I’ve been really productive lately. As such I’ve had little time to devote to many of my pet projects. I’m finding out that it’s much better for my overall stress level to drop some things. In essence–to quit. Even if I wasn’t devoting time and energy to them, they were there, weighing on me in the back of my mind, nagging at me for attention.
It’s hard for me to give up on good ideas, but I feel that in order to do something great not only do you need a good idea to start with, you need to be able to focus on that idea and execute. It’s hard to focus when you have so many things going on. Sometimes you’ve got to let things go.
h3. Prioritize Then Quit!
I recently went through an exercise that I found took a huge weight off my shoulders. I made lists of all the things that take up my time. My work, my blogs, my commitments, my hobbies…everything. I then went through and prioritized within those lists. It was hard, but it had to be done. Without getting into detail, my “professional” list looked something like this:
# My new business (Blue Flavor for those who don’t know)
# Asterisk – My “personal” professional site
# Upcoming speaking gigs. (SXSW being the most important to me)
# Lifehacker and Publish.com (Because they are keeping me afloat right now)
# Community writing (I do a bit pro-bono writing)
# My Travel site project
# My book on blogging
# My Web design book
# My blogging site
I then went through my lists and made notes that gave me an indication of how much time I was spending on each item. I also noted how much focus I had to use. For example, when I’m working on client work for my new business, I often have to put all my focus towards that while I’m doing it. That means closing e-mail, not answering the phone, etc.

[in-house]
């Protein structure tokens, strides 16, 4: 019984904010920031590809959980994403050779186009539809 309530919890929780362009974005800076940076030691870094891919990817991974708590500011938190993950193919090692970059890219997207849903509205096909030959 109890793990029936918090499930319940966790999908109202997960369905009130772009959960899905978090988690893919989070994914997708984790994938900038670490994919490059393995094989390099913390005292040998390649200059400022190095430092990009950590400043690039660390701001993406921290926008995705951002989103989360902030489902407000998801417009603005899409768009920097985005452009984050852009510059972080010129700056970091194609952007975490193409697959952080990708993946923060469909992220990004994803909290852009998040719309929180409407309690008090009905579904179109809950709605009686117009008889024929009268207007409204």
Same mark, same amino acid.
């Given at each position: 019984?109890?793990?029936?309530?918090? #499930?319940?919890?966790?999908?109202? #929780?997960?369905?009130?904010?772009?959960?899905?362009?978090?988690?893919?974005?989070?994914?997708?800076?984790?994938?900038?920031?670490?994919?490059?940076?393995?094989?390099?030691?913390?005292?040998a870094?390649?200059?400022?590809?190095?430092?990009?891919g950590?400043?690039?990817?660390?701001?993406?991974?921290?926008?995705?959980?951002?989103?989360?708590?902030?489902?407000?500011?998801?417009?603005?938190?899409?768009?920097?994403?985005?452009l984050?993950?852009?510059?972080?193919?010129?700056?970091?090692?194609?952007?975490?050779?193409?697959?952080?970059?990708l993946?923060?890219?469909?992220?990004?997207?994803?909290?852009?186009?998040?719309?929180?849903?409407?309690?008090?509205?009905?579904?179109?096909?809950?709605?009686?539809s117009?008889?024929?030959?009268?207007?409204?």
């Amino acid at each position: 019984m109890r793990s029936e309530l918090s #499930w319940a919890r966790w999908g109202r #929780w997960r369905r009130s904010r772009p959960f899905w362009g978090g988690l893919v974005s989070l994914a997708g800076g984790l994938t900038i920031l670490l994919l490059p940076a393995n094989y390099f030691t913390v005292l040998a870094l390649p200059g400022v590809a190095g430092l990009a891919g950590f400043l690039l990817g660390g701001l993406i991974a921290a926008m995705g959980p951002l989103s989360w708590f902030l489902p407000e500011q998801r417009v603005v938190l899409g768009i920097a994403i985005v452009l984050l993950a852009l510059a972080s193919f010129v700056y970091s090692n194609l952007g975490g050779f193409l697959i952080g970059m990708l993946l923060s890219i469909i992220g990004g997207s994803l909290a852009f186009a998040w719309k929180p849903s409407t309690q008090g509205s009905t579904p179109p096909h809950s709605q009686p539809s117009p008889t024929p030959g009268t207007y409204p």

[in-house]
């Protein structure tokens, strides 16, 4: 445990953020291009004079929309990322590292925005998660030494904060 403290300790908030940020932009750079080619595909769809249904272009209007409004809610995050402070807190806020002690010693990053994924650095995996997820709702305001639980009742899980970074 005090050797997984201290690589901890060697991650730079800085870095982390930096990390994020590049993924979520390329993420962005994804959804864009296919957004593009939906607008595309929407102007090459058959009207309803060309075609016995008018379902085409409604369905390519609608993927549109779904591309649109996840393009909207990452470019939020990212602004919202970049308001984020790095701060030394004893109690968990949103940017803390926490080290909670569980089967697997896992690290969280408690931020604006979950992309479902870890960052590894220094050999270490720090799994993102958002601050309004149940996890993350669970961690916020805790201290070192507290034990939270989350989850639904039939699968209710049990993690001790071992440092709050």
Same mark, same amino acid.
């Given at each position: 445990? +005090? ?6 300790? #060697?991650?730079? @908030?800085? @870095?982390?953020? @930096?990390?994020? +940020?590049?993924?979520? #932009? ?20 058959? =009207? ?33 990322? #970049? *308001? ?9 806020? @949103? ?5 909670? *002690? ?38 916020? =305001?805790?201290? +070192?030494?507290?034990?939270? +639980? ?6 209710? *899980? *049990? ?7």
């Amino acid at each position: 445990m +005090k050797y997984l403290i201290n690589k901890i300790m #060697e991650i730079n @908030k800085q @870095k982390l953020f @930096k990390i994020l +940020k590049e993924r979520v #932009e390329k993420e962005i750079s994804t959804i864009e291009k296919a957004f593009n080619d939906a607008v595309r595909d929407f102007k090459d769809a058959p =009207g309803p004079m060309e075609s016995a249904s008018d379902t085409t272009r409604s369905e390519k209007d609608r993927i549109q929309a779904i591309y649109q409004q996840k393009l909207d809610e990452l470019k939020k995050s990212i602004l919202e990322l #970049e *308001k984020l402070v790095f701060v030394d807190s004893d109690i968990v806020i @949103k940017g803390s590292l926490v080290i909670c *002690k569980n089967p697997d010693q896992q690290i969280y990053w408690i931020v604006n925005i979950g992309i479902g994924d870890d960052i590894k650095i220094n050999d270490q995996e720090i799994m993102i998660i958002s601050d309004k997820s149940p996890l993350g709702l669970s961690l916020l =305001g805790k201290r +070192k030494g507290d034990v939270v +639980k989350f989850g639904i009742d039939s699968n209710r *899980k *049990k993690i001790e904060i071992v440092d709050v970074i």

The lists and notes gave me a good idea of where I should be spending my time. For example, Asterisk is a high priority that doesn’t take a ton of time and needs focus at times, but not all the time. That’s good! My travel site project was taking a ton of time and focus and it’s not a high priority. That’s bad.
I did the same thing with my personal life. I then merged the lists and re-prioritized, trying to do my best to be honest with myself about what was important. Importance was guaged on many factors and with work/life balance in mind. Something that was fun might be more important than something good for my career, for example. When this was done I had a pretty good idea of what I felt was important and how much time and focus I was spending on each item in my list.
Then I started making cuts. I completely stopped working on several side projects. I filed a few book outlines away for a possible revisitation in the future. I quit playing X-Men Legends 2 and Guild Wars in favor of Age of Empires 3. I said no to some writing gigs I’d been mulling about. I stopped watching What Not To Wear with Staci. I did all of this to try and free up time and more importantly focus on the things on the top of my list.
There were a few things I couldn’t just cut. For those I set aside time to wrap them up and finish them off. Vowing to be more selective about what I agree to in the future.
At first I felt guilty. Guilty! Now that I look back a bit, I think that’s kind of silly. Most of what I quit were things I’d brought on myself. If anyone was being let down it was me and as I’d just shown myself–I had bigger fish to fry. After a few days though, I felt really good about the decisions I’d made. I felt physically lighter. Heck, I feel even better just writing about it here. I’m a quitter and I love it! ;0)
I did all of this a few weeks back and the last two weeks have been, for the most part, really good! My stress level is lower. I feel much more on top of things and I’ve managed to get a ton of good, important, things done. The hardest part was getting past that guilty feeling, but that went away once I realized how much better I was feeling and how much more focus I was able to put into things that really mattered to me.